Category Archives: Sociology

The reading list

I’m not sure if anything really prepares you for the sheer relentlessness that a taught Master’s programme brings. There is always something to be read or written or thought about or made. It’s never-ending.

It’s May which means it’s the long stretch of Summer Term: dissertation time. This time of year for our cohort is when we are also finishing up internships and we’re also having our second meeting with our supervisors.

This is when the seriousness of the dissertation hits home and the doubts creep in.

The doubts are temporary yet intense. And in hindsight, somewhat helpful. But nevertheless, there’s a week in the postgraduate calendar which I’m sure has an unspoken understanding of being ‘self-loathing week’. There are lots of questions, lots of doubts, supervisors sometimes (helpfully) play devil’s advocate to ensure you’re really thinking critically about your project.

It inevitably comes around to the point that you’ve just not read enough. The more you read, the more you understand the theory and the methodology surrounding your chosen topic. And even though it’s the last thing you want to do, it’s the best thing you could do (and it’s actually quite enjoyable).

So here’s what’s on my reading list:

Stack of books about ethnography

Reading list – May 2013.

A lot of the books and articles are ethnography based: they either are ethnographies or they’re instructional on how to do ethnography.

In terms of articles, I’ve been reading a lot of Eric Laurier from the University of Edinburgh. He has done many cafe ethnographies in Britain over the past 15 years. His literature reviews do a good job of explaining some of the sociological views of cafes from Latour, Habermas and Goffman.

In addition to reading Laurier’s articles, I’ve been making my through¬†Kitchens,¬†an ethnography of restaurant kitchen staff by Gary Allen Fine. So far, I’ve gained some insights into how you could view each cafes or restaurant as an individual habitus (or community, for the non-sociologists).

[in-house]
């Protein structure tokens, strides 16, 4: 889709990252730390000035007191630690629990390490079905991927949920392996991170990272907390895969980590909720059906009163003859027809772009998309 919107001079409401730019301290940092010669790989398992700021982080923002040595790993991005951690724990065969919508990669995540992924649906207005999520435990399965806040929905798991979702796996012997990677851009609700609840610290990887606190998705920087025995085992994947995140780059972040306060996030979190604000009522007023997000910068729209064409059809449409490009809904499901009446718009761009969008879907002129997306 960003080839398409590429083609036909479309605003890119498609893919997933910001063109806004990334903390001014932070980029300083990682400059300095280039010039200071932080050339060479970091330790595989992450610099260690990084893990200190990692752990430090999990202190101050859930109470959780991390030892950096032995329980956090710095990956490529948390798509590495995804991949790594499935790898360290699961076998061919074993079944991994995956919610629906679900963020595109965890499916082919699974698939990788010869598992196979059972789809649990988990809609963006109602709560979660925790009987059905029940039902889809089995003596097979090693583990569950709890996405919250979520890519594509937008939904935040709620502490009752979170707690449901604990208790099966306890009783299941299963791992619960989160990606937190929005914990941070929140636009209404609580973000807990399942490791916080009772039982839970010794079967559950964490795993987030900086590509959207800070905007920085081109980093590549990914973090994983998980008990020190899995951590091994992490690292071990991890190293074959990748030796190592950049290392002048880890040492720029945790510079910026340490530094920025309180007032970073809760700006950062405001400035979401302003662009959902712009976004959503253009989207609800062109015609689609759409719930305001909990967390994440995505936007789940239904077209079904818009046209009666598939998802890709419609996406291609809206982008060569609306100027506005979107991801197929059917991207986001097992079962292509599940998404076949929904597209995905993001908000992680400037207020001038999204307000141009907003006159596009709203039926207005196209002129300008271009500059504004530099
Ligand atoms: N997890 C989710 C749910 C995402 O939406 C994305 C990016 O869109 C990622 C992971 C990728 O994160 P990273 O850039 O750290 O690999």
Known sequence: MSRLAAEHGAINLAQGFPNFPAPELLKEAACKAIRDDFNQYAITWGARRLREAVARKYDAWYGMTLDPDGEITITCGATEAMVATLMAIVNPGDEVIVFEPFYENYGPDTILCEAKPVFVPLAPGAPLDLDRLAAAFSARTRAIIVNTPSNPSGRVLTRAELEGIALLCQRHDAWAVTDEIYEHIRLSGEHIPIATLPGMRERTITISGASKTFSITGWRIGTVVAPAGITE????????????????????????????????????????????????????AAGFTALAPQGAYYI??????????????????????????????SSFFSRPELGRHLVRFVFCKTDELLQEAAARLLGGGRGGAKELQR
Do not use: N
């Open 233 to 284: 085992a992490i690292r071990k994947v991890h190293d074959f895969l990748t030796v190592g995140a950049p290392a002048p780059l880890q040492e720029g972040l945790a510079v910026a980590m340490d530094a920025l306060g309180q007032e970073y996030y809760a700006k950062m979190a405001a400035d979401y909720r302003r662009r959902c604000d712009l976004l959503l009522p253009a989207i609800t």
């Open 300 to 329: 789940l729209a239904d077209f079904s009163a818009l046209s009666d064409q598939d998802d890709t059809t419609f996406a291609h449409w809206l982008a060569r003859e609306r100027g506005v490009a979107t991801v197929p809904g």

The bulk of the books on the stack are the how-to books. They will be read in the coming weeks, but they will be immeasurably helpful in planning fieldwork and deciding the finer points of methodology.

It’s all (slowly) coming together.

Actor-Network Theory: why it’s relevant in the cafe

Trying to understand Bruno Latour’s Actor-Network Theory sometime feels as difficult as understanding… Higgs Boson. Explaining Actor-Network Theory to a lay person can feel clumsy and not-so academically accurate. So apologies in advance if this is overly simplistic (or indeed, if it’s overly confusing).

Look around you, can you see your smartphone? I bet it’s within arm’s reach or at least in the same room as you.

Your smartphone was invented by a human. Someone dictated what went where to make it work, they decided what functions it should include.

But then you purchased the smartphone and it started to mould your behaviour, the way you interact with others and how they interact with you. In turn, you’ve added more apps and data to your smartphone to change your actions and influence your living further.

(are you still with me? I hope so.)

My understanding of Actor-Network Theory is that that humans and non-humans (objects, things, concepts) are all ‘actors’ in a ‘network’ where we impact, influence and change one another in equal parts.

And what does this have to do with coffee and wifi?

Actor-Network Theory is just one ‘sociological lens’ we can use to look at the cafe.

I assert that we’re being moulded and shaped by wifi, the location of wifi and the actions we do via wifi. The very fact that wifi is in a cafe shapes the way we interact with others in and out of our immediate vicinity.